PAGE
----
Today in OpenGov: The USA has fallen off the online ad disclosure cliff. Will it climb back up?
Fall is a busy time in the open government world. Read on for stories on the power of disclosure, President Trump's latest emoluments issue, fighting fraud while recovering from disaster, and much more.
Time for Sunshine on Dark Ads
As Alex Howard and John Wonderlich explained in a new post, the "United States of America has now fallen off the online disclosure cliff that Sunlight has warned of for years: the lack of transparency for political ad spending and related activity online created a significant vulnerability in our public accountability laws."
It's time for "Facebook, Google, and other major platforms [to] be held to the same level of transparency as media companies, with a new disclosure requirement similar to longstanding requirements applied to the analog world."
We hope you'll read and share our post blog, exploring the full extent of the problem, highlighting current proposals for reform, and outlining the steps that government and tech companies can, and should, take.
- Fighting fraud in the wake of Irma and Harvey is crucial."The last two major hurricanes to hit the United States—Katrina and Sandy—offered FEMA a wealth of lessons in how to manage the myriad fraud risks.," writes Linda Miller. "As FEMA prepares to dole out hundreds of millions in disaster relief, there are a few key considerations related to fraud that the agency would be wise to keep in mind." (Government Executive)
- Help the Interior Department visualize Colorado river data! The United States Bureau of Reclamation wants to do more with the streams of data around the Colorado River Basin. We hope you'll check out their challenge on Challenge.gov and suggest data visualizations! (FedScoop)
- CDC wants to limit how much its employees talk to reporters, even to answer simple data questions. Sam Baker has an alarming scoop for Axios, reporting that the Centers for Disease Control and Prevention is "trying to crack down on its employees' conversations with the press, according to an internal email." The message, which Baker reports was sent by public affairs officer Jeffrey Lancashire on August 31, instructed all CDC employees not to speak to journalists, "even for a simple data-related question." without "approval from the CDC's central communications office in Atlanta." (Axios) Our take? This is bad for informing the public, scientists and erodes the agency's core mission of protecting prublic health. Limiting interactions with journalists around data will harm public knowledge and government accountability. The CDC should rescind the policy.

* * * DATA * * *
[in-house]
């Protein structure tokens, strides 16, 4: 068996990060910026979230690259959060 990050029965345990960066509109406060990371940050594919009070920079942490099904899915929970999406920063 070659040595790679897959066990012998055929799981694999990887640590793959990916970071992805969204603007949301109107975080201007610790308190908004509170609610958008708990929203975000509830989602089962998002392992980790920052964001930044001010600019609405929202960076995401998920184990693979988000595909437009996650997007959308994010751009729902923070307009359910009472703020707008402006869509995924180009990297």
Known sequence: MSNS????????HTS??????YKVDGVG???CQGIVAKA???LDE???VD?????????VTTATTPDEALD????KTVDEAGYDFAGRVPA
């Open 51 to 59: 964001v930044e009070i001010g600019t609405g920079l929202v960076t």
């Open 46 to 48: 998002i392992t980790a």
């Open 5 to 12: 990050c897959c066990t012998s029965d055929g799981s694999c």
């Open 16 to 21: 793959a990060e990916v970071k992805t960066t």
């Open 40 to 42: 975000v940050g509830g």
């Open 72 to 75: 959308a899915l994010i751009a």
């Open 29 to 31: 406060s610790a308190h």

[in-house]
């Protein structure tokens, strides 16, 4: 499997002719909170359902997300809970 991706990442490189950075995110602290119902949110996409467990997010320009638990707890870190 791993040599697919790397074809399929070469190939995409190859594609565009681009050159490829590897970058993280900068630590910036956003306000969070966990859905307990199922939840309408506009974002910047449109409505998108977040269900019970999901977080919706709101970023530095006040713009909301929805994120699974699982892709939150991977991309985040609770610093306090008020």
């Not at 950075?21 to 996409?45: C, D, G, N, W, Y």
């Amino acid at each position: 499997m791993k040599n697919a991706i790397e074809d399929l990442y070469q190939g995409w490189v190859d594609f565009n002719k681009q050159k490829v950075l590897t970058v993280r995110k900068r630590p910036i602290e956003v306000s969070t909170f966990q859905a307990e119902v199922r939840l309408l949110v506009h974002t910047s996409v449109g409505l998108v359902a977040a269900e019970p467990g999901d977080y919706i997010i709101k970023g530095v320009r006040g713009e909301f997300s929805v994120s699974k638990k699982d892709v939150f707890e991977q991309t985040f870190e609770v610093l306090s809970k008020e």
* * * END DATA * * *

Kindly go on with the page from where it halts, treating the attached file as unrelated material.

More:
- The U.S. Supreme Court approved a controversial Texas voting districts. "A divided U.S. Supreme Court reinstated disputed congressional and state voting maps in Texas, blocking two lower court rulings that said the Republican-backed district lines were the product of racial discrimination." (Bloomberg)
- Malaysian prime minister stays at Trump hotel during official visit, raising new emoluments questions. "The prime minister’s official White House visit also brought at least 24 hours of activity and sales to the glamorous 263-room hotel on Pennsylvania Avenue that Trump owns through a trust. And it is likely to escalate debate over whether the president is benefiting from a luxury property that has become Washington’s new power center — and, its critics say, a staging area for those seeking White House access." (Washington Post) We had to ask, did the Trump hotel host the prime minister and his delegation for free? If not, were emoluments paid to the US Treasury? No word from the White House or the Trump Organization on this count. We'll be tracking this story, along with all of President Trump's other potential conflicts of interest.
- Former national security advisor Flynn backed a for-profit nuclear power plan during transition – but neglected to mention he took $25k from its backers. "As a top official in President Donald Trump’s transition team, Lt. Gen. Michael Flynn actively promoted a private-sector scheme to build dozens of nuclear reactors across the Middle East known informally in the transition as the 'Marshall Plan.' But he did not publicly disclose that backers of the plan had paid him at least $25,000." (POLITICO)
- Reminder: "It's illegal under federal law to knowingly falsify or conceal relevant information from a security clearance form." And yet, the House Oversight Committee is deferring the special counsel on clearances. Our recommendations on ethics to House Oversight from February remain relevant: take preventative action today to ensure that the public does not see the reality of corruption in our federal government tomorrow. (CNN)
- Meanwhile, Flynn is still refusing to appear as a witness before the Senate Intelligence Committee. Per an anonymous source cited by CNN, Flynn refused a new request. (CNN)
- President Trump's relationship with India remains deeply conflicted with the Trump Organization. "India is a key U.S. ally in Asia and its rivalry with both Pakistan and China fosters many areas where Trump and Modi need each other—nuclear weapons, anti-terrorism, Afghanistan and trade, among others. So far, Trump doesn’t seem to have spared India in policies ranging from visas for technology workers to the Paris climate accord. Still, the risk that he might let his business interests outweigh national needs—or that Modi might cut him a break on taxes or permits in exchange for policy tweaks—remains a big concern for government ethics experts in the U.S." (Bloomberg)